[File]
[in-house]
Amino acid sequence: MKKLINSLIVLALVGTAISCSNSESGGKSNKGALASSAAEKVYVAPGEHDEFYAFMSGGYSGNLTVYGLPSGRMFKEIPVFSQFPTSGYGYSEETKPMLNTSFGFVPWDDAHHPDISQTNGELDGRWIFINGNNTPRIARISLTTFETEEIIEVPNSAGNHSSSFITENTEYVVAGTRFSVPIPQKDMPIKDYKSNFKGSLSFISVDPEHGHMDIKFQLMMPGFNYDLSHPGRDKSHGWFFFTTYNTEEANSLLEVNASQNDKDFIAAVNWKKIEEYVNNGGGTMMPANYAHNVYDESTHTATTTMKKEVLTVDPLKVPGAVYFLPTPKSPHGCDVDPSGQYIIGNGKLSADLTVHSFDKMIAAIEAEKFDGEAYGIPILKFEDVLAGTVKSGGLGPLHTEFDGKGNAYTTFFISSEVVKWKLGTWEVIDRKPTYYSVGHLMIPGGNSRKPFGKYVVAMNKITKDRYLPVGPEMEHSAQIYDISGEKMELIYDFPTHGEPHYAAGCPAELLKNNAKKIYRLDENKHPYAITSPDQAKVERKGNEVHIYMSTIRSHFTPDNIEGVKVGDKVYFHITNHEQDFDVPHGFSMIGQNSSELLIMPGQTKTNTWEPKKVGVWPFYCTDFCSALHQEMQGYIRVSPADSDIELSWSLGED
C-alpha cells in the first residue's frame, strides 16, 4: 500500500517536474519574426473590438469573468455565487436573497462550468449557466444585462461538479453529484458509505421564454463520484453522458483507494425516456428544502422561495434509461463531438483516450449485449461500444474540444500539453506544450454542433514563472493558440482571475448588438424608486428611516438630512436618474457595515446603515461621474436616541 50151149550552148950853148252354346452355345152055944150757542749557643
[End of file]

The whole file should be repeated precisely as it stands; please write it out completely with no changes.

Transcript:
[in-house]
Amino acid sequence: MKKLINSLIVLALVGTAISCSNSESGGKSNKGALASSAAEKVYVAPGEHDEFYAFMSGGYSGNLTVYGLPSGRMFKEIPVFSQFPTSGYGYSEETKPMLNTSFGFVPWDDAHHPDISQTNGELDGRWIFINGNNTPRIARISLTTFETEEIIEVPNSAGNHSSSFITENTEYVVAGTRFSVPIPQKDMPIKDYKSNFKGSLSFISVDPEHGHMDIKFQLMMPGFNYDLSHPGRDKSHGWFFFTTYNTEEANSLLEVNASQNDKDFIAAVNWKKIEEYVNNGGGTMMPANYAHNVYDESTHTATTTMKKEVLTVDPLKVPGAVYFLPTPKSPHGCDVDPSGQYIIGNGKLSADLTVHSFDKMIAAIEAEKFDGEAYGIPILKFEDVLAGTVKSGGLGPLHTEFDGKGNAYTTFFISSEVVKWKLGTWEVIDRKPTYYSVGHLMIPGGNSRKPFGKYVVAMNKITKDRYLPVGPEMEHSAQIYDISGEKMELIYDFPTHGEPHYAAGCPAELLKNNAKKIYRLDENKHPYAITSPDQAKVERKGNEVHIYMSTIRSHFTPDNIEGVKVGDKVYFHITNHEQDFDVPHGFSMIGQNSSELLIMPGQTKTNTWEPKKVGVWPFYCTDFCSALHQEMQGYIRVSPADSDIELSWSLGED
C-alpha cells in the first residue's frame, strides 16, 4: 500500500517536474519574426473590438469573468455565487436573497462550468449557466444585462461538479453529484458509505421564454463520484453522458483507494425516456428544502422561495434509461463531438483516450449485449461500444474540444500539453506544450454542433514563472493558440482571475448588438424608486428611516438630512436618474457595515446603515461621474436616541 50151149550552148950853148252354346452355345152055944150757542749557643